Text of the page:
· Washington State Aquatic Lands Habitat Conservation Planning Assistance (Statewide) - A $121,304 grant, will support an HCP planning effort, funded in part by activities undertaken in both fresh and saltwater areas regulated and leased by Washington State's Department of Natural Resources, covering more than 2.4 million acres in 39 counties. The HCP has the potential to complement riparian and aquatic protection provided by state forest practices rules, and to ensure environmental protection while encouraging direct public use and access of aquatic lands.
· West Virginia Northern Flying Squirrel and Cheat Mountain Salamander HCP at Snowshoe Mountain Resort (Pocahontas County) - An $84,880 grant will help fund development of an HCP to benefit the West Virginia Northern Flying Squirrel and Cheat Mountain Salamander. The project will determine the presence or absence of the West Virginia northern flying squirrel along the western slope of Cheat Mountain; develop a habitat quality ranking and define the breeding season for West Virginia northern flying squirrels at Snowshoe; survey for the Cheat Mountain salamander in areas covered by the focused HCP; identify and evaluate potential translocation sites for the salamander; and use satellite imagery of Snowshoe to identify squirrel and salamander habitat.
· Spectacled Eider Nesting Habitat Protection Project (Yukon-Kuskokwim Delta) - A $178,446 grant will support acquisition of conservation easements or fee title to approximately 2,000 acres of high quality spectacled eider nesting habitat on privately owned parcels within designated critical habitat on the Yukon-Kuskokwim Delta, in western Alaska. Spectacled eider populations on the Yukon-Kuskokwim Delta declined by 96 percent between the 1970's-1990's. The coastal fringe of the Yukon-Kuskokwim Delta provides the species' highest density breeding habitat. Acquisition of easements or title to key private inholdings within this coastal fringe will improve management of lands under diverse ownership, minimize the threat of habitat fragmentation, and aid public-private efforts to reduce impacts to nesting habitat from use of all-terrain vehicles. This project is intended to be a catalyst for a large-scale waterfowl and wetlands protection effort.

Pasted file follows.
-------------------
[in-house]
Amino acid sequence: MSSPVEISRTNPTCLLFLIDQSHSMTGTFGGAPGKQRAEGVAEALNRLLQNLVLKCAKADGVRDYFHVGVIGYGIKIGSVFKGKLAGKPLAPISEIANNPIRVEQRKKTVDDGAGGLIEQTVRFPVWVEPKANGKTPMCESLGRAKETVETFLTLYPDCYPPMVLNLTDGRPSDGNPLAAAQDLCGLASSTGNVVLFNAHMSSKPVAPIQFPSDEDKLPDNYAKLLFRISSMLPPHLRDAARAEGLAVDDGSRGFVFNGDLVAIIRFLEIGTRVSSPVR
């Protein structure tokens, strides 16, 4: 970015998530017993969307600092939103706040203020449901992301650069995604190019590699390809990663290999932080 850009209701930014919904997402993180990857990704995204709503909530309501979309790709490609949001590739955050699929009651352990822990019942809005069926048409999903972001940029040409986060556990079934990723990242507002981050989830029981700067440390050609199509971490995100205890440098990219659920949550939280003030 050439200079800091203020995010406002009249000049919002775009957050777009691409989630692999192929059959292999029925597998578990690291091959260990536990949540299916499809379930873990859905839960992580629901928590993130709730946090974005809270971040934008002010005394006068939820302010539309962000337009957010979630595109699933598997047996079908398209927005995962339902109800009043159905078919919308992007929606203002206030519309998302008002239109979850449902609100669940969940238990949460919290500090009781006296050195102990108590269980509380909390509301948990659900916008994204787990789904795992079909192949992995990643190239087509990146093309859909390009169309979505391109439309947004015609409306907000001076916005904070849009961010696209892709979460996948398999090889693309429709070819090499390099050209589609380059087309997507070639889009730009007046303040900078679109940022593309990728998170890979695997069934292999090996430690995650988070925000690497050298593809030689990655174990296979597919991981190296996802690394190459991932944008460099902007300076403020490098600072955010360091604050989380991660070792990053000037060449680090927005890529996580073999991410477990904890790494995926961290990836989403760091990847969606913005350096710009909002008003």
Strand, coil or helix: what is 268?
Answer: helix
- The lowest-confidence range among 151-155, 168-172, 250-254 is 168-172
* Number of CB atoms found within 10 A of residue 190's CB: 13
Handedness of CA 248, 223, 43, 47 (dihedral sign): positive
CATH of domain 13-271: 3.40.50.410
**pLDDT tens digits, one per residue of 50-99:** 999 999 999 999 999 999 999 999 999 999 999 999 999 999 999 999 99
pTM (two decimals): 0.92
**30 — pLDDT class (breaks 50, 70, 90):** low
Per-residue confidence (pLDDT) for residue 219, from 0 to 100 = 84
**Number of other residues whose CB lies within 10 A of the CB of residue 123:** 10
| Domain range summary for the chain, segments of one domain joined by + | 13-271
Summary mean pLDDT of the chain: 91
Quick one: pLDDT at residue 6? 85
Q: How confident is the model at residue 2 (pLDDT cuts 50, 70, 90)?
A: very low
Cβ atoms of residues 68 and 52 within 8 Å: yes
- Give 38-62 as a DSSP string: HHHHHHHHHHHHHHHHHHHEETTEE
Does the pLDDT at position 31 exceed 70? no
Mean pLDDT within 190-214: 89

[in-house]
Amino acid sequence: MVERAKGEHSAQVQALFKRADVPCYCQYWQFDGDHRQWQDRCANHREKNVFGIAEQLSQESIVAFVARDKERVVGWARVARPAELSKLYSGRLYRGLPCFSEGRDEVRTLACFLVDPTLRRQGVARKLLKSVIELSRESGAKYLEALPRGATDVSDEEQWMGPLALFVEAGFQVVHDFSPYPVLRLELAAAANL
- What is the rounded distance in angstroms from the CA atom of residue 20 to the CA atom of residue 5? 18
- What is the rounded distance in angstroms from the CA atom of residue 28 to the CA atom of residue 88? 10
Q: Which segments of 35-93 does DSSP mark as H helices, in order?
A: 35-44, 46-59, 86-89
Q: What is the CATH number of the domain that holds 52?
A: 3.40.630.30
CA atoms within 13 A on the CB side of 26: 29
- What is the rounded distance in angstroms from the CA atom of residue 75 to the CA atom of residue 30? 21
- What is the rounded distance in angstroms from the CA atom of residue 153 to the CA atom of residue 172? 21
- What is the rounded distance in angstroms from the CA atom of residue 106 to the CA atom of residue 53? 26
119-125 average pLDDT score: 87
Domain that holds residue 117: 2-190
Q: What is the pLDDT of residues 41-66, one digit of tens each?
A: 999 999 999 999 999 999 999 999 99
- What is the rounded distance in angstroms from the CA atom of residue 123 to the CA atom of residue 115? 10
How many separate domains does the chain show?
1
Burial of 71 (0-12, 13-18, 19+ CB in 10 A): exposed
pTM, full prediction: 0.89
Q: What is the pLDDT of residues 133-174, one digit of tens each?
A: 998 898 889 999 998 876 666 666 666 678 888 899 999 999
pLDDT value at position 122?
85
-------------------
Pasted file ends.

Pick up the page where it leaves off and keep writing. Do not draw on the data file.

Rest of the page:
· Hayhook Ranch (Pima County, AZ) - A $353,478 grant will help acquire and protect a corridor of habitat for the cactus ferruginous pygmy-owl. The 839-acre acquisition provides nesting habitat and allows pygmy owls to move between the Tohono O'odham Nation and the Coyote Mountain Wilderness Area. The 839 acre parcel occurs within Recovery Area 1 of the pygmy owl's draft Recovery Plan. The proposed acquisition may also provide foraging habitat for the endangered lesser long-nosed bat and as many as fifteen Priority Vulnerable Species that could occur on the property.